--Mark Gurule and Paul Butcher, Bowling This Month (March 2010)
As you may know and as I mentioned in a previous entry, you can drink alcoholic beverages down on the lanes this year at the USBC Open. I wrote that I don't like this new rule at all. I think it could lead to slippery or sticky approaches and cause some bowlers to misbehave in ways that undermine the dignity and integrity of this revered tournament.
However, some may drink alcohol at the tournament because they believe that it will loosen them up and enable them to bowl better. There's an article in the March issue of Bowling This Month that addresses the common observation that some people actually score better after they've "had a couple." Perhaps we've even done it ourselves on occasion.
The article lists several reasons why this might happen:
1. Alcohol may soothe one's anxieties or "nerves" and relax one's hand and body.
2. Alcohol may cause "alcohol myopia"--i.e., keep one "in the moment" and narrowly focused on the bowling task at hand instead of allowing extraneous perceptions and thoughts to cause distraction.
3. Alcohol may spur people to socialize more instead of sitting and brooding on their mistakes and overanalyzing their games.
4. Alcohol may reduce or eliminate deleterious fear of failure.
5. Alcohol may increase one's feeling of "well being."
Indeed, at first glance, these modifications seem part of what one sports psychologist calls an "Ideal Performance State," and this, in turn, might tempt some of us to drink alcohol during bowling competition. However, the article gives us ample reason to reconsider this idea.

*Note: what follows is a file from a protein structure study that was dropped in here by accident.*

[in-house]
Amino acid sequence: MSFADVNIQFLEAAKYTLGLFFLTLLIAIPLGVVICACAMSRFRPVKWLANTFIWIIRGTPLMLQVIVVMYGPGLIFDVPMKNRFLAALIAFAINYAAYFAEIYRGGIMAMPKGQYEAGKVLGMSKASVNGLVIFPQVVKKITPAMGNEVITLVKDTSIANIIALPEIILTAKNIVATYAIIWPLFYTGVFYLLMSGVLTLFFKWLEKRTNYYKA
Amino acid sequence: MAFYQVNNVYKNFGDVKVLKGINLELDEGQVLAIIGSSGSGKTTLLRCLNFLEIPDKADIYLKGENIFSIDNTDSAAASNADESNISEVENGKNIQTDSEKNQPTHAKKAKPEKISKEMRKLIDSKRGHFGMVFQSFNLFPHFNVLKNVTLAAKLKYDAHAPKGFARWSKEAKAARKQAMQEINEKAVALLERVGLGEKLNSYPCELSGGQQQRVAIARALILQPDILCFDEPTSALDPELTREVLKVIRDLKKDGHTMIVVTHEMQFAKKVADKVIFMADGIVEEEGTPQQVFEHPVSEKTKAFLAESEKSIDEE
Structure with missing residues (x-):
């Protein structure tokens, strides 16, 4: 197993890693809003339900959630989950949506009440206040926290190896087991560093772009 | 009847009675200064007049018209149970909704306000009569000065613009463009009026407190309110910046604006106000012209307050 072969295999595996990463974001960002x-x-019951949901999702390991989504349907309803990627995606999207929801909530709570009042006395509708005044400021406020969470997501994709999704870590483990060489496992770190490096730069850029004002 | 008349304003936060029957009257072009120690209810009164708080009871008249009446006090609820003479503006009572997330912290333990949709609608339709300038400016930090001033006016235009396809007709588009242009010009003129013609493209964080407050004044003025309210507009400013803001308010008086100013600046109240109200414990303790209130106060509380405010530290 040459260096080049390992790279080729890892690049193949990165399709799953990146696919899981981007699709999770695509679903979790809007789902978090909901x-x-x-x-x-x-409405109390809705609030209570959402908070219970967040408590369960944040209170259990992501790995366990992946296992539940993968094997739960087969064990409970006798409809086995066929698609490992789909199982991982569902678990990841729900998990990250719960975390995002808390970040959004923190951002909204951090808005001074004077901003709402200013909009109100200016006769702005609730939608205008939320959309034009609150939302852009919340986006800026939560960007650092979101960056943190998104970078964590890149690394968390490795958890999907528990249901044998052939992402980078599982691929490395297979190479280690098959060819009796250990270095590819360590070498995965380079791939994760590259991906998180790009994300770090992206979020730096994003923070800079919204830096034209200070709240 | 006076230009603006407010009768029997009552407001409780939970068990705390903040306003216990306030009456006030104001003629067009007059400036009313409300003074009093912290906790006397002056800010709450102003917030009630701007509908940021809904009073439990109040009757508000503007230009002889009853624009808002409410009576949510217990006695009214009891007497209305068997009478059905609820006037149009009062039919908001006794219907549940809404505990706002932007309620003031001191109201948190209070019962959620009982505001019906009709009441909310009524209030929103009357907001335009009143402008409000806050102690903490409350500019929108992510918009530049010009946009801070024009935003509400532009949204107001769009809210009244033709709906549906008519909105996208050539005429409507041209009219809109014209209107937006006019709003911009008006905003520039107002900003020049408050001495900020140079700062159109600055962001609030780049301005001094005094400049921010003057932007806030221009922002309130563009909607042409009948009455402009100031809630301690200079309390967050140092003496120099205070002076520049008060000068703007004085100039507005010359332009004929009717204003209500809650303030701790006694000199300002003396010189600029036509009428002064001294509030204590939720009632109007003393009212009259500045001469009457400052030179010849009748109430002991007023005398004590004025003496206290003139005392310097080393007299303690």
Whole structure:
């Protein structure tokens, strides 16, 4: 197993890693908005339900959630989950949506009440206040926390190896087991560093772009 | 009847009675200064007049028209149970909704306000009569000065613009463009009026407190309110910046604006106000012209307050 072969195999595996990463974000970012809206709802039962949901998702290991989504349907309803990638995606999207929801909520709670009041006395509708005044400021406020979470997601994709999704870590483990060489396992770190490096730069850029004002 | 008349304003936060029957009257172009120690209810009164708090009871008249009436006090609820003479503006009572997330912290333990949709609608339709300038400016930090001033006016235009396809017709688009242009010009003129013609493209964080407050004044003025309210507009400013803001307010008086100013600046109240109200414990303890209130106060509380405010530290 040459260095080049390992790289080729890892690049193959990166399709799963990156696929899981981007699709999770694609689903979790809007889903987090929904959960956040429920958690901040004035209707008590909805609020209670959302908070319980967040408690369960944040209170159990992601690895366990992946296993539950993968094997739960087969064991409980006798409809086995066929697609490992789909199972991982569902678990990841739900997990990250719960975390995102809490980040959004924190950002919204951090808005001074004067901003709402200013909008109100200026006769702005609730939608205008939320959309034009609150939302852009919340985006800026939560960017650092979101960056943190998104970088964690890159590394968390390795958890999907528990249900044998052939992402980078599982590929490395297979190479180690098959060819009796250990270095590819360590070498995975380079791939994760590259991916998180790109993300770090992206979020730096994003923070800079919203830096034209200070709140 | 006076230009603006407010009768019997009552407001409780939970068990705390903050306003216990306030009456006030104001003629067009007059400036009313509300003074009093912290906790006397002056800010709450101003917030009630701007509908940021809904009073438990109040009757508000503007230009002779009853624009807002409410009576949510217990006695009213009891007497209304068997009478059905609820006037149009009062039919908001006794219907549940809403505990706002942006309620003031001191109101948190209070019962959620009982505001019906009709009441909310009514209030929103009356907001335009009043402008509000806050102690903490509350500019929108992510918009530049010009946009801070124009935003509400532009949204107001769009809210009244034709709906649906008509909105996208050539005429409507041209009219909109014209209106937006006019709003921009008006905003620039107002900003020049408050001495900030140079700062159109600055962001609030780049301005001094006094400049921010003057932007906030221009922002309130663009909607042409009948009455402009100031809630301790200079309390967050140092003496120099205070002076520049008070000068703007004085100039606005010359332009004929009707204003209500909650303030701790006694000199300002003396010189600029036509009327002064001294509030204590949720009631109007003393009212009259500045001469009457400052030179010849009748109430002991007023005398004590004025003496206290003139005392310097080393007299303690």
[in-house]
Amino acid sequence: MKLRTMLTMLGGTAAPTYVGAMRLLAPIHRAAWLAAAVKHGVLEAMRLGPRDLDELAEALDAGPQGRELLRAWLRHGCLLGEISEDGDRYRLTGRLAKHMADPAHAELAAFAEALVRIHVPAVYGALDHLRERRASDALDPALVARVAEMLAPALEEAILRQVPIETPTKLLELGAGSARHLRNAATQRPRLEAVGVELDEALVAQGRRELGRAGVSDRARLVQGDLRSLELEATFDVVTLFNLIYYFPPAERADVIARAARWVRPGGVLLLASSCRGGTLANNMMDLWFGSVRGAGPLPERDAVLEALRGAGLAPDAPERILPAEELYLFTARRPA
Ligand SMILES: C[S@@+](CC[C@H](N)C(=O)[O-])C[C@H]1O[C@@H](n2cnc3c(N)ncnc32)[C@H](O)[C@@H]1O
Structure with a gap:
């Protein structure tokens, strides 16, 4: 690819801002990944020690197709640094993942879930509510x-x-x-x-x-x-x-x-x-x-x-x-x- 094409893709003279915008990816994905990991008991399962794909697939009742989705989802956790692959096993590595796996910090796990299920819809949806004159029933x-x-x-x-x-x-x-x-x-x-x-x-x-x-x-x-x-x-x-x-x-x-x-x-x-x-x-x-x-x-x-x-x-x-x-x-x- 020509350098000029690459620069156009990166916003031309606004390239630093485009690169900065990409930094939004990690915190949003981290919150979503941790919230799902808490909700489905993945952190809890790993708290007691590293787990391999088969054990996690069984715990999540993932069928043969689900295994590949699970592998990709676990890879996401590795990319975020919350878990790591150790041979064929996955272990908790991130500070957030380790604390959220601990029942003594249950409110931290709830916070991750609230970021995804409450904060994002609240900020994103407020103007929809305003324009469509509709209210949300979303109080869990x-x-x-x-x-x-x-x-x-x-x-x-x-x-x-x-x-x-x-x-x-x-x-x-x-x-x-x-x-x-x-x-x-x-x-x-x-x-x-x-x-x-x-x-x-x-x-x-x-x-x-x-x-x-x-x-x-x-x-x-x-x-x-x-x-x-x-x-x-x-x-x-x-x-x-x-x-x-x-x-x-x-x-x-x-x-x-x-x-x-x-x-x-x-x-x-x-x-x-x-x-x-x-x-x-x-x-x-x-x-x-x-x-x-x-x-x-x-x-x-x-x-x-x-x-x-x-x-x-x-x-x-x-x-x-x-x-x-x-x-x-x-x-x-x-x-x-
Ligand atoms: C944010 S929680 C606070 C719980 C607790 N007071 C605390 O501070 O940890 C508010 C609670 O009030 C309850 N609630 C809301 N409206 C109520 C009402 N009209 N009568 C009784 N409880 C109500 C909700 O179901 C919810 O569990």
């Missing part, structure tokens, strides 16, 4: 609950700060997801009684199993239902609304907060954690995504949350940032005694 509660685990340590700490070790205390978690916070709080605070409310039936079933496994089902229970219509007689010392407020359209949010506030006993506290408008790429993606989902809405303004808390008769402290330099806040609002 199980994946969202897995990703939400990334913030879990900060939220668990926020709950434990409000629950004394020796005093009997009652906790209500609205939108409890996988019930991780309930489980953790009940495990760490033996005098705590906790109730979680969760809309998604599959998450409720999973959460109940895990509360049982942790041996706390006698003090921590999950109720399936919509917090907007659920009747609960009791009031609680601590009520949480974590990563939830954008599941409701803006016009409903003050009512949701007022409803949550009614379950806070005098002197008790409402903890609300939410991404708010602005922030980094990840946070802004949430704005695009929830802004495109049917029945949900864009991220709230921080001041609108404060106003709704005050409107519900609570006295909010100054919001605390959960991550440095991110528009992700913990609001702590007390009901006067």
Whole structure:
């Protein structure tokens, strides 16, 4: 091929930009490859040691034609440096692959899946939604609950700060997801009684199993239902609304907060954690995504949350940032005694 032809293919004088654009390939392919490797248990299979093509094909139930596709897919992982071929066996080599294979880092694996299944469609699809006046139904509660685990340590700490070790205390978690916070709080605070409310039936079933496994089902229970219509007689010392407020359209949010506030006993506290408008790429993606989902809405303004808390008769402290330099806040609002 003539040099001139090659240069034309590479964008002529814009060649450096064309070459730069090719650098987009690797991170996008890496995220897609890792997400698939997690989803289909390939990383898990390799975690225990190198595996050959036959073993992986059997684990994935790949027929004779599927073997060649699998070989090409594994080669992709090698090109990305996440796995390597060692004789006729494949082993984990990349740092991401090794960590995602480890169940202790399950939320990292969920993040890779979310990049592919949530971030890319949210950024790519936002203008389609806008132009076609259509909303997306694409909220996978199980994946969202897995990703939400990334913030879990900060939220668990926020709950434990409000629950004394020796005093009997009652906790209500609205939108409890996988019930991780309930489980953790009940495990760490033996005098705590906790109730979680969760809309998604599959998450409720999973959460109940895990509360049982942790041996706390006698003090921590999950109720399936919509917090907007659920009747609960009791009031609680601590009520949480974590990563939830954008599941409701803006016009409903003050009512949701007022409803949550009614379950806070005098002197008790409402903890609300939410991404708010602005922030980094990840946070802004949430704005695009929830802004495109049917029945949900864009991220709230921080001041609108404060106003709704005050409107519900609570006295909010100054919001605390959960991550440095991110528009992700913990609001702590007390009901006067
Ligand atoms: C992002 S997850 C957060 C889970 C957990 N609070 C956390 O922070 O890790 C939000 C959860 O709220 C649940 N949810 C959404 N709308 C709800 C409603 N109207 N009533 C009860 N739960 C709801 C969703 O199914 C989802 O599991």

The article points out that we generally see scores improve under the influence of alcohol only on easy house conditions that allow wide margins of error and require few adjustments and not on more challenging "sport" or PBA oil patterns, and that we never see professional bowlers sipping beer or wine while vying for regional or national PBA titles. This is because alcohol, despite the potentially positive effects listed above, demonstrably reduces the "precision, equilibrium, hand-eye coordination, judgment, ability to process information, focus, stamina, strength, power, and speed necessary to perform at one's best in bowling or any sport."
The article ends on this sobering note:
"In conclusion, use of alcohol while bowling may improve performance for some on a typical house shot over a few games. But drugs and alcohol have no place for bowlers who hope to be competitive in a variety of environments and situations...It is critical to note that athletes can achieve all "Ideal Performance State" characteristics without drinking and are much better off doing so sober."
So, before you crack a cold one at the nationals in Reno this year, you might want to give it some serious second thoughts if you wish to bowl your very best. And why travel all that distance and spend all that money to do anything less?